EXAMPLE 6

Preparation of 0.3 Mole La0.09 Sr0.1 Cr0.95 Y0.05 O3 Powder

44 g of 99.99% lanthanum oxide (Molycorp) and 1.693 g 99.99% yttrium oxide were thoroughly mixed and then combined with 50 cm3 solution containing 6.35 g of analytical grade strontium nitrate. The mixture was left to react, being transformed into a thick paste. The paste was quantitatively transferred into a 500 cm3 plastic bottle containing zirconia grinding balls, a solution of 114.1 g of chromium nitrate nanohydrate in about 160 ml distilled water was added and the mixture was set for milling. The initially thin suspension transformed in about ten minutes into a dark green translucent looking paste. After about one hour milling the paste was quick-frozen by plunging into liquid nitrogen and vacuum dried at 1 Pa. The dry agglomerates were dry-milled for one hour and then calcined 10 h at 590 C., 4 h at 620 C. and finally 5 h at 820 C. The XRD of the resulting fine brownish-green powder showed a perovskite structure (FIG. 5). Powders of this and similar chromia containing compositions may be suitable as catalysts, or as precursors for interconnect plates for high temperature fuel cells. Other applications may be envisaged. In Example 6, 0.915 mole [18.8 liters] NOx were produced as compared to 1.77 mole [36.3 liters] if prepared by using solutions of nitrates only.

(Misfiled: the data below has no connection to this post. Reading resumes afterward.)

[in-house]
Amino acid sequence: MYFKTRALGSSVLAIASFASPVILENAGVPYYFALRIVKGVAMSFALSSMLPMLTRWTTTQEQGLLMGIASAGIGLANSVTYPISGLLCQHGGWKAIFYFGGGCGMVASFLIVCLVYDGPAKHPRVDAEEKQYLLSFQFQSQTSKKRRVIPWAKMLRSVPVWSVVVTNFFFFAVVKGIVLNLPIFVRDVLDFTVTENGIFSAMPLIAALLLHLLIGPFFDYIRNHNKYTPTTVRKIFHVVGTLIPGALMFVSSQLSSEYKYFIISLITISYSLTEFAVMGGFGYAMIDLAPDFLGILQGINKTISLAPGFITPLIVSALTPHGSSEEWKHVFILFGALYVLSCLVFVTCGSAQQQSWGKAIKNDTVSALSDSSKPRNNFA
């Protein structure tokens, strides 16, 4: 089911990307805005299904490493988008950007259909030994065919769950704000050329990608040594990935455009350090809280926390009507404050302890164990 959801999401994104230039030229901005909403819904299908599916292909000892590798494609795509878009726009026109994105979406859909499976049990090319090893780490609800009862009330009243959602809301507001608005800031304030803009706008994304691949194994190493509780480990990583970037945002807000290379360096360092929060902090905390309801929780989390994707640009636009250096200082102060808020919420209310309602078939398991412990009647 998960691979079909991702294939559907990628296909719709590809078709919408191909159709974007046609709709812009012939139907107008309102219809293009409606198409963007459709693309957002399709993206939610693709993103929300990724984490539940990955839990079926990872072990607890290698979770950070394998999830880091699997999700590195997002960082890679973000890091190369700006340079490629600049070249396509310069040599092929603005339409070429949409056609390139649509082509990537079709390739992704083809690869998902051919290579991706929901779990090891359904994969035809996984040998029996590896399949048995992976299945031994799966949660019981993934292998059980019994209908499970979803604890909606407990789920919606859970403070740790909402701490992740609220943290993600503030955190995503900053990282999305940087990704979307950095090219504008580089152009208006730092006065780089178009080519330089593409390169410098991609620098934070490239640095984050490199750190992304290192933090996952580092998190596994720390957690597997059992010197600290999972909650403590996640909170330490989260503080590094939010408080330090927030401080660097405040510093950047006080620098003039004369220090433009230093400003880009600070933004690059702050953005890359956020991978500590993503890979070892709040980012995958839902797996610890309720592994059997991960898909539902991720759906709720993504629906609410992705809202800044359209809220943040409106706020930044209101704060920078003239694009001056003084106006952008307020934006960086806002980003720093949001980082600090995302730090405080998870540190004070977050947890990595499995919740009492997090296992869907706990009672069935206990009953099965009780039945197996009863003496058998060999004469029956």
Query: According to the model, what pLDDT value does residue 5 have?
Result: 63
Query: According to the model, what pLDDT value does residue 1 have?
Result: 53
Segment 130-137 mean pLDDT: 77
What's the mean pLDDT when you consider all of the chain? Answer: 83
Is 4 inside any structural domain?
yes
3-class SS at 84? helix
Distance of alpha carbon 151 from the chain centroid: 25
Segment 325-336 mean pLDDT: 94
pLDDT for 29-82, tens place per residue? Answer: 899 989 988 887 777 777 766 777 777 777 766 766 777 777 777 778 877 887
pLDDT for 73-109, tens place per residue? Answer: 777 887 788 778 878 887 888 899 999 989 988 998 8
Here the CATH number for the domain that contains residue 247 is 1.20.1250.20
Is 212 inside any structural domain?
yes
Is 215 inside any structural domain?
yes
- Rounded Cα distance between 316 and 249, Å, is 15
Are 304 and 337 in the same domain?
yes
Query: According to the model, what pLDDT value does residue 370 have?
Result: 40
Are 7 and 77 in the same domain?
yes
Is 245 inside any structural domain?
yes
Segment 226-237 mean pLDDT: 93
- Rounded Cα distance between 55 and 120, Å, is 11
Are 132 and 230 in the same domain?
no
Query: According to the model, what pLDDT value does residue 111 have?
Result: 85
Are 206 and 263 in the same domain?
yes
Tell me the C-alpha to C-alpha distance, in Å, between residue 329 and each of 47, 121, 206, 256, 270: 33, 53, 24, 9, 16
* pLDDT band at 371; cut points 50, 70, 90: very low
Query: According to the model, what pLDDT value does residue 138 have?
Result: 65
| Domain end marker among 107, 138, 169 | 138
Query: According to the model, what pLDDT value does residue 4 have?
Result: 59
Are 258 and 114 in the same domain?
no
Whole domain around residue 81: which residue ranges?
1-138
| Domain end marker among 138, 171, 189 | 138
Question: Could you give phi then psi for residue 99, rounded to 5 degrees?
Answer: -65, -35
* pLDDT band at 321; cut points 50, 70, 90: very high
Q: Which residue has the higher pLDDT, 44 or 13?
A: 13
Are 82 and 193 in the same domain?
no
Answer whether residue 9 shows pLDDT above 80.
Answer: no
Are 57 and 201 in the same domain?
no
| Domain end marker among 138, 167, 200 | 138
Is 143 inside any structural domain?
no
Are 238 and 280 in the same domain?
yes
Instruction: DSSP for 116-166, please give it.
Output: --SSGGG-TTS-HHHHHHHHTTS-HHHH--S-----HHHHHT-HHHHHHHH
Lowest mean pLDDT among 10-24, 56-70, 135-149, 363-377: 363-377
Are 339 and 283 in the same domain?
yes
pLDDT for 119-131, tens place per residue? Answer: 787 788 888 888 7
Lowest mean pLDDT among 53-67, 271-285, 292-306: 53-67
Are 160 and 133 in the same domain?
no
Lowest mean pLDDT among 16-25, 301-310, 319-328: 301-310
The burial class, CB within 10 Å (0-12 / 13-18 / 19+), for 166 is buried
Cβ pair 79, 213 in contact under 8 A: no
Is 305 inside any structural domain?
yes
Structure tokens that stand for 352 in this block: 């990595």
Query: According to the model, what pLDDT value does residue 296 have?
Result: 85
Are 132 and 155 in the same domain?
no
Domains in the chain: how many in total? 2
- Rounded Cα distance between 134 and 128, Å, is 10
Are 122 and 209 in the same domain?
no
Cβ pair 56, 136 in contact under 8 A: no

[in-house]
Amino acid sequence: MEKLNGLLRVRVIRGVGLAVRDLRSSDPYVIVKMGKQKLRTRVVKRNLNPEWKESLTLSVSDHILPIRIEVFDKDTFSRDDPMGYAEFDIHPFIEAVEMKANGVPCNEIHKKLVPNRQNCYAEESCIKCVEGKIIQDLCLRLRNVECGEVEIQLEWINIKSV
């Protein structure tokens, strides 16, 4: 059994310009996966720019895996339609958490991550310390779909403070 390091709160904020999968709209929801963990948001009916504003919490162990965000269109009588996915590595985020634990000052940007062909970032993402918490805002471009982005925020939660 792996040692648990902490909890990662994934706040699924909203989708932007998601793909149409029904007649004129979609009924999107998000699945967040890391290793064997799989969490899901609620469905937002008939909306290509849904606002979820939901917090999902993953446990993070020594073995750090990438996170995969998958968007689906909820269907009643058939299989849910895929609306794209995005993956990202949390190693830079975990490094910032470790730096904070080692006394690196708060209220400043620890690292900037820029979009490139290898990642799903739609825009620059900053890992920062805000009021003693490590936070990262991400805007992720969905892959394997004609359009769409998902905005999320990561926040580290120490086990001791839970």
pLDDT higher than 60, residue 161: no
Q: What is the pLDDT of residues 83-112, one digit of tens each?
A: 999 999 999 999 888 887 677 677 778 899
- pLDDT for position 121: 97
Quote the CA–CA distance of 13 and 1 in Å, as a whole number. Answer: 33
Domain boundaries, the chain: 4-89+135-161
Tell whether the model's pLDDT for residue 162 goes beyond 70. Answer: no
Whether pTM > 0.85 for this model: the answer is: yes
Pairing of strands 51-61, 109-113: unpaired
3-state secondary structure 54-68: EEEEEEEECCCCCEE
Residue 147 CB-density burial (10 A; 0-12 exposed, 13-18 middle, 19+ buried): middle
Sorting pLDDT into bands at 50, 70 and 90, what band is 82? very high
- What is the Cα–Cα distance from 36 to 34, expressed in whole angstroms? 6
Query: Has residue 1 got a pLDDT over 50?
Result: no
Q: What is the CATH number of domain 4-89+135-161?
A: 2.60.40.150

A pH comprised within about 2 and 8 is considered to be an adequate range of pH values for the reaction. In all the above examples, an optimal pH value of about 4 to about 5 was reached after mixing all the components. When necessary, an agent for adjusting pH may be added, which agent should not interfere with the reaction of the components. The preferred agent for adjusting pH is normally ammonium hydroxide.